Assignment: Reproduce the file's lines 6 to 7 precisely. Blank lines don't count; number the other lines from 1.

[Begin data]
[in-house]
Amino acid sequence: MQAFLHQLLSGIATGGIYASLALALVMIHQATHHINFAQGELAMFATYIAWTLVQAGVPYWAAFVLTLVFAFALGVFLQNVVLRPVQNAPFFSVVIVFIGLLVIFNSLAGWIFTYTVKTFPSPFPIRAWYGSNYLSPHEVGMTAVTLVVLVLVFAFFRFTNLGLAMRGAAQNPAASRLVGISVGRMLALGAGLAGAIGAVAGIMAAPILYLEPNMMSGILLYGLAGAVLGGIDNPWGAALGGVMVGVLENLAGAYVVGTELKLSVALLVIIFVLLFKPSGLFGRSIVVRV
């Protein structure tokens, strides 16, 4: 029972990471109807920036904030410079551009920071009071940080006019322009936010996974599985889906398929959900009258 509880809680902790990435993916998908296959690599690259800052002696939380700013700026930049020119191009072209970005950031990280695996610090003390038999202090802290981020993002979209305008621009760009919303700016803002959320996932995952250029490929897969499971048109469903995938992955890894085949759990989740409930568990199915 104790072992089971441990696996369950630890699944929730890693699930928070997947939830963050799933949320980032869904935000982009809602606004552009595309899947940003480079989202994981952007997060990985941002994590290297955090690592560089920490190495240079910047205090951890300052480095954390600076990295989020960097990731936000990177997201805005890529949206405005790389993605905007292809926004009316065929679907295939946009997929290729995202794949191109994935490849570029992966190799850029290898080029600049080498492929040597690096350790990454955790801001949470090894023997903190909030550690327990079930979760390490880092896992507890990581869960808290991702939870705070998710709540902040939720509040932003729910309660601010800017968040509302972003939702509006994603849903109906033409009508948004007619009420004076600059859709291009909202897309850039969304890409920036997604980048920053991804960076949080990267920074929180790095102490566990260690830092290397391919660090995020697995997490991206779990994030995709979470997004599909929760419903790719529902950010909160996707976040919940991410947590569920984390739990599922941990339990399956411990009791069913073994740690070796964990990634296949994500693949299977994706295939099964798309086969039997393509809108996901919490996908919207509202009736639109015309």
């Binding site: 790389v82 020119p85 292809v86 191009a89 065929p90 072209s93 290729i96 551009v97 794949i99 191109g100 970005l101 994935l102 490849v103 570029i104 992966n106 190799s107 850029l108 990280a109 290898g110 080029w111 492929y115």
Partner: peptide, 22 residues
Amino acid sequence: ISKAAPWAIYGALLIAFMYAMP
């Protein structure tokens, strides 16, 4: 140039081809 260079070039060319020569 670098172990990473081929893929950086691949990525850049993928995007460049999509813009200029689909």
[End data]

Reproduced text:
Amino acid sequence: ISKAAPWAIYGALLIAFMYAMP
């Protein structure tokens, strides 16, 4: 140039081809 260079070039060319020569 670098172990990473081929893929950086691949990525850049993928995007460049999509813009200029689909």